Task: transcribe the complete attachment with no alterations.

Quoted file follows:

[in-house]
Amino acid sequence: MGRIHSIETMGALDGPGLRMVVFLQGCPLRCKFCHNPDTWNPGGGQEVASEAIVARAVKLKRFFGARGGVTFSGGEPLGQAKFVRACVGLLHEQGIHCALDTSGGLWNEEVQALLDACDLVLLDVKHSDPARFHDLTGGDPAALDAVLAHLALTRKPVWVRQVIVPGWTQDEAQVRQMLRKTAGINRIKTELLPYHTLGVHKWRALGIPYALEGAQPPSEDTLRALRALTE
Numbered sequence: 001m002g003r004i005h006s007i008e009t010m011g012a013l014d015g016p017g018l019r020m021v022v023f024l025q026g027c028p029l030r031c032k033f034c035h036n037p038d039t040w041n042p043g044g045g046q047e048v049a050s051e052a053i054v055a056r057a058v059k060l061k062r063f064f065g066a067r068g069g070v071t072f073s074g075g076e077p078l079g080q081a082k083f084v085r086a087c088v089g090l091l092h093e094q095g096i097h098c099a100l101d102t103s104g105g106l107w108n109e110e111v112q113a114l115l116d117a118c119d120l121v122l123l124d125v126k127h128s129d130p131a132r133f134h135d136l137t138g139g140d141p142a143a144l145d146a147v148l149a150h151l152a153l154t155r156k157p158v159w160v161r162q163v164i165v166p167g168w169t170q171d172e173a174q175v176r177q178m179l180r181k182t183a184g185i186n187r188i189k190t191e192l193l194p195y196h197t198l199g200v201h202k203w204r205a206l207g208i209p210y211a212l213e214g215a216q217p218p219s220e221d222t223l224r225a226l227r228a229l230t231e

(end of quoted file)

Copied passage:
[in-house]
Amino acid sequence: MGRIHSIETMGALDGPGLRMVVFLQGCPLRCKFCHNPDTWNPGGGQEVASEAIVARAVKLKRFFGARGGVTFSGGEPLGQAKFVRACVGLLHEQGIHCALDTSGGLWNEEVQALLDACDLVLLDVKHSDPARFHDLTGGDPAALDAVLAHLALTRKPVWVRQVIVPGWTQDEAQVRQMLRKTAGINRIKTELLPYHTLGVHKWRALGIPYALEGAQPPSEDTLRALRALTE
Numbered sequence: 001m002g003r004i005h006s007i008e009t010m011g012a013l014d015g016p017g018l019r020m021v022v023f024l025q026g027c028p029l030r031c032k033f034c035h036n037p038d039t040w041n042p043g044g045g046q047e048v049a050s051e052a053i054v055a056r057a058v059k060l061k062r063f064f065g066a067r068g069g070v071t072f073s074g075g076e077p078l079g080q081a082k083f084v085r086a087c088v089g090l091l092h093e094q095g096i097h098c099a100l101d102t103s104g105g106l107w108n109e110e111v112q113a114l115l116d117a118c119d120l121v122l123l124d125v126k127h128s129d130p131a132r133f134h135d136l137t138g139g140d141p142a143a144l145d146a147v148l149a150h151l152a153l154t155r156k157p158v159w160v161r162q163v164i165v166p167g168w169t170q171d172e173a174q175v176r177q178m179l180r181k182t183a184g185i186n187r188i189k190t191e192l193l194p195y196h197t198l199g200v201h202k203w204r205a206l207g208i209p210y211a212l213e214g215a216q217p218p219s220e221d222t223l224r225a226l227r228a229l230t231e